Feast on coal and wood-fired mezze dishes at Coal Office, then sample the yakitori-style dishes at Peg
Words Sophie Jean-Louis Constantine
Staying put this July? Fear not, London’s latest foodie openings offer plenty to keep your senses well and truly pricked. Whether you prefer retro American glitz in Soho or a classic French brasserie by way of St. John’s Wood, here’s our pick of the new restaurants to keep you well fed and watered all summer long.
With its glittering disco ball, burnt orange brushed silk wallpaper, seductive artwork and palm trees, Martha’s brings retro American glamour to Soho. The menu is full of Stateside classics, too, with a selection of steaks, mac ‘n’ cheese, oysters, shrimp cocktail and fried chicken in a lip-smacking honey truffle sauce. Vegans fear not, there are options for your delectation too, such as the primavera pasta dish and burger. Drinks reflect the upscale mood of the surroundings, like the indulgent ‘Lady of the Night’, a combination of raspberry gin jam, plum liqueur and egg white. Plus, there’s live jazz and drag performances to keep you entertained into the wee hours.
The Little Yellow Door
This Notting Hill favourite has gone from pop-up to permanent. Set in the living room of a neighbourhood flat, it has the feel of a house party – but with exponentially better drinks. Jewel-toned velvet armchairs, pouffes and DJ decks make for an inviting, convivial spot. Hot from the kitchen come homemade fish tacos of woodfire sea bream, crunchy salt and pepper squid, truffle-laden cheeseburgers, peanut-glazed pork belly bao buns and smoking hot chicken thunder thighs. From the cocktail menu, try ‘Coffee + Cigarettes’, a blend of vanilla-infused vodka, salted caramel and coffee, served with a candied cigarette. Or ‘Our Man in Havana’, with Plantation 5 rum, Martini Rosso and Gifford Banane, all served in a coupe with a chocolate plantain chip. A playful, intimate, soul-food filled riot.
6-8 All Saints Rd, Notting Hill, London W11 1HH
The latest restaurant from dynamic duo Corbin and King reimagines a grand Parisian brasserie while simultaneously paying homage to the artistic roots of the local area, with murals depicting the neighbourhood of St. John’s Wood. The café-bar and more formal dining room use beautiful wood throughout, while painted tiles and antique lighting give the space an old-world opulence. A menu of classic French dishes comes sprinkled with a little Corbin and King magic – choose whole globe artichoke as an hors d’oeuvre, the confit de canard with braised puy lentils as the plat principal, and for dessert the tarte fine aux pommes. The wine is good value, the cocktails punchy – a special mention to the French Negroni with gin, lillet and sweet vermouth. A thoroughly Gallic and thoroughly charming time.
This new restaurant and wine bar in Hackney is brought to you by the team behind Bright and P. Franco. With a contemporary design, counter seating and no formal online menu to speak of, Peg feel stripped back in style. The small-plate dishes are best described as Japanese with a twist. There are several grilled options, some served yakitori-style, all bursting with flavour. The smoked eel rice cakes and the wings coated in togarashi, a Japanese chilli pepper, are fantastic, as is the ‘mapo’ tofu in a spicy sauce and crab chawanmushi, a sort of savoury custard. The wine list sees more unusual alternatives take centre stage, like an unfiltered Sauv Blanc with only indigenous yeast used, from Moravia in the Czech Republic. Peg is nothing less than magic, an exceptionally cool spot to keep coming back to.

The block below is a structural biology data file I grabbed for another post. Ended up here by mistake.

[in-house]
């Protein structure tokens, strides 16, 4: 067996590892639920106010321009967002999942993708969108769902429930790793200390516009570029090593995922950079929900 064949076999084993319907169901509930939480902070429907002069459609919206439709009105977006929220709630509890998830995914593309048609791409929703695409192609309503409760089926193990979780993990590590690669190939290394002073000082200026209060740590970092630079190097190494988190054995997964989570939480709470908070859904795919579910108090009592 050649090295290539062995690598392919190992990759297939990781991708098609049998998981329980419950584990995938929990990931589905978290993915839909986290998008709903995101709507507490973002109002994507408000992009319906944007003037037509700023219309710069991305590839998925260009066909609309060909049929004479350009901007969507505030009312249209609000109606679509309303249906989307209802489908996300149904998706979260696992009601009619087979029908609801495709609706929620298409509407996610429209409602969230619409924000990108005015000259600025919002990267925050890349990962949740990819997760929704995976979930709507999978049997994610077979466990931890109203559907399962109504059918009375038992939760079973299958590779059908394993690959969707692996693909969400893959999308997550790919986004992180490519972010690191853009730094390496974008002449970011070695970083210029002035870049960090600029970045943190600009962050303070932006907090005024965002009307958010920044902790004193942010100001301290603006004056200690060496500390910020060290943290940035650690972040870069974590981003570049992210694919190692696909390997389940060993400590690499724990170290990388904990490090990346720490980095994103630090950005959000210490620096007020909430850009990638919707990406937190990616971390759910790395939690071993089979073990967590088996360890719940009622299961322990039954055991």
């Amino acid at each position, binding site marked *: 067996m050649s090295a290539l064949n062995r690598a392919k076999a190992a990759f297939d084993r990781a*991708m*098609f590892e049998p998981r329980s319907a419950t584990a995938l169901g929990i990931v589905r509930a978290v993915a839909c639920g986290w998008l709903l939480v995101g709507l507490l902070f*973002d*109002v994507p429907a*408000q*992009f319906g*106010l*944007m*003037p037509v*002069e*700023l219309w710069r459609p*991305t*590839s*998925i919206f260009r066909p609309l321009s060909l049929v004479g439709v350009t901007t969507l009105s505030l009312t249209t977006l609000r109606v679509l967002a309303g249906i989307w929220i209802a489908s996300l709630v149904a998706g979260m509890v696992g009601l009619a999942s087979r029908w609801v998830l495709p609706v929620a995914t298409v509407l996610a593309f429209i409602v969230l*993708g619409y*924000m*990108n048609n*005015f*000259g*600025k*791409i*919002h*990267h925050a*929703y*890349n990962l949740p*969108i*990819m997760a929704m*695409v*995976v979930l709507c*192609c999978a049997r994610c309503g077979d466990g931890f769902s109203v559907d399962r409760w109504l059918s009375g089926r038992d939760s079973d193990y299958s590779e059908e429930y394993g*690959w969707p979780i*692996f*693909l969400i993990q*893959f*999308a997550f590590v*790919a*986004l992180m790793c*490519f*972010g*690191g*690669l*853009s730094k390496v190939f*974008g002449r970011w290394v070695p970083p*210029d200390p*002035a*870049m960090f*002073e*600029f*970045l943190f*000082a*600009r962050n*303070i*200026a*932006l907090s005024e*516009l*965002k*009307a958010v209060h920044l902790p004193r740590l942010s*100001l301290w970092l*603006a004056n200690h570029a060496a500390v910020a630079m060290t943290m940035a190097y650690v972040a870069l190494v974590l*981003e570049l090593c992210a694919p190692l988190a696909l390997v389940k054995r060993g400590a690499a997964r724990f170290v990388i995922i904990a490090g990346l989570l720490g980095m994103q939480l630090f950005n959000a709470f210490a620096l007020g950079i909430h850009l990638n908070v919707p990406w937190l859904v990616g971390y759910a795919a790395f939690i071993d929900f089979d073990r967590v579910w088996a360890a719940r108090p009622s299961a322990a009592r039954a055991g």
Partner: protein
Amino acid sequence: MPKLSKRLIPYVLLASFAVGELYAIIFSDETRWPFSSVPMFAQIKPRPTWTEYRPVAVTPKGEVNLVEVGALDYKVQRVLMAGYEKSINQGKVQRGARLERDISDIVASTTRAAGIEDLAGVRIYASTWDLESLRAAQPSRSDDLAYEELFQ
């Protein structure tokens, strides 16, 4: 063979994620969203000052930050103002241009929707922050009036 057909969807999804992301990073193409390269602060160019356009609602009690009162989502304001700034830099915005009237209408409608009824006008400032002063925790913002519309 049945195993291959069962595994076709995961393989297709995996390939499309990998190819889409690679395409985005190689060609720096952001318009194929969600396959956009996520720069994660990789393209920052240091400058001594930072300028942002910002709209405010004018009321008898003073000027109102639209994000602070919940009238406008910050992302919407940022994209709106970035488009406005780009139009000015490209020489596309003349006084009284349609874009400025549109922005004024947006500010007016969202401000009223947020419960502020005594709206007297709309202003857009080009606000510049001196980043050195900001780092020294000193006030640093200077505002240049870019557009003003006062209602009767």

120 Morning Lane, London E9 6LH
Located next to Granary Square in King’s Cross, Coal Office is the brainchild of chef Assaf Granit of Palomar fame and design extraordinaire Tom Dixon. Set over two floors with an outdoor terrace, it’s a hub of sleek marble, metallics, open kitchens and beautiful dinnerware from the Dixon-designed interiors. Granit’s menu gives a nod to contemporary Middle Eastern cuisine, which has become his calling card. Dishes are divided into sections denoting size and style of cooking, like ‘coal and wood’, ‘in between’ and ‘big plates’ to create a kind of mezze. We sampled the baked bone marrow with shawarma and caramelised onions, the freekeh (a type of green durum wheat) risotto with skordalia cream and jet black aubergine, and the Manakish, a Levantine mini pizza ‘from the past’ with msabbaha, a variation of hummus. Accomplished, distinctive cooking served in an informal yet design-savvy setting.
Sophie Jean-Louis Constantine
Sophie is a freelance fashion, lifestyle and travel writer. An alumna of the University of Manchester, where she earned a BA in English Literature, Sophie went on to work at Conde Nast Traveller. She is a fervent North Londoner and happiest curled up with a book.